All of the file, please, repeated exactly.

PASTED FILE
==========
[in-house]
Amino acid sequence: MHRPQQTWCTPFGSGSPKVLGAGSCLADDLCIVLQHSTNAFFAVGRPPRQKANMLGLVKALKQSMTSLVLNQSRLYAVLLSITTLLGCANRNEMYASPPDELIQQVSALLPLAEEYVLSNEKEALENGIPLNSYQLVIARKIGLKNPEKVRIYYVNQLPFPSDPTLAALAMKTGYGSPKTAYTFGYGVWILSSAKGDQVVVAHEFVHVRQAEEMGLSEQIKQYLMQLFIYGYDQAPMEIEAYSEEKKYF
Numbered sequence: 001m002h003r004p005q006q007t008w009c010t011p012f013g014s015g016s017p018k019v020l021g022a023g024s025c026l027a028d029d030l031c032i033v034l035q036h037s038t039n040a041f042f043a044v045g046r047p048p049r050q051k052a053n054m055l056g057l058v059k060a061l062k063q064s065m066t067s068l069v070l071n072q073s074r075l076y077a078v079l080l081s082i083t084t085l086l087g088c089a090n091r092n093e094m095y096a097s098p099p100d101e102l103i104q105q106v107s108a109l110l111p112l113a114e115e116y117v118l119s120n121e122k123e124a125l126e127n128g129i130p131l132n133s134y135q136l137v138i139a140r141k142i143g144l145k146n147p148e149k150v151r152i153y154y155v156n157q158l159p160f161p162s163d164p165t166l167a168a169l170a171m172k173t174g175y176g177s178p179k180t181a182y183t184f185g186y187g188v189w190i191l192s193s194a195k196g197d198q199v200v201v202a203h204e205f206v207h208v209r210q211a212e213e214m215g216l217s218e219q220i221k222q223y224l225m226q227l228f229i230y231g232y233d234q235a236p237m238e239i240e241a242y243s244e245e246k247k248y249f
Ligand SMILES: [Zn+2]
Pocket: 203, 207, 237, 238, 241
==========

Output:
[in-house]
Amino acid sequence: MHRPQQTWCTPFGSGSPKVLGAGSCLADDLCIVLQHSTNAFFAVGRPPRQKANMLGLVKALKQSMTSLVLNQSRLYAVLLSITTLLGCANRNEMYASPPDELIQQVSALLPLAEEYVLSNEKEALENGIPLNSYQLVIARKIGLKNPEKVRIYYVNQLPFPSDPTLAALAMKTGYGSPKTAYTFGYGVWILSSAKGDQVVVAHEFVHVRQAEEMGLSEQIKQYLMQLFIYGYDQAPMEIEAYSEEKKYF
Numbered sequence: 001m002h003r004p005q006q007t008w009c010t011p012f013g014s015g016s017p018k019v020l021g022a023g024s025c026l027a028d029d030l031c032i033v034l035q036h037s038t039n040a041f042f043a044v045g046r047p048p049r050q051k052a053n054m055l056g057l058v059k060a061l062k063q064s065m066t067s068l069v070l071n072q073s074r075l076y077a078v079l080l081s082i083t084t085l086l087g088c089a090n091r092n093e094m095y096a097s098p099p100d101e102l103i104q105q106v107s108a109l110l111p112l113a114e115e116y117v118l119s120n121e122k123e124a125l126e127n128g129i130p131l132n133s134y135q136l137v138i139a140r141k142i143g144l145k146n147p148e149k150v151r152i153y154y155v156n157q158l159p160f161p162s163d164p165t166l167a168a169l170a171m172k173t174g175y176g177s178p179k180t181a182y183t184f185g186y187g188v189w190i191l192s193s194a195k196g197d198q199v200v201v202a203h204e205f206v207h208v209r210q211a212e213e214m215g216l217s218e219q220i221k222q223y224l225m226q227l228f229i230y231g232y233d234q235a236p237m238e239i240e241a242y243s244e245e246k247k248y249f
Ligand SMILES: [Zn+2]
Pocket: 203, 207, 237, 238, 241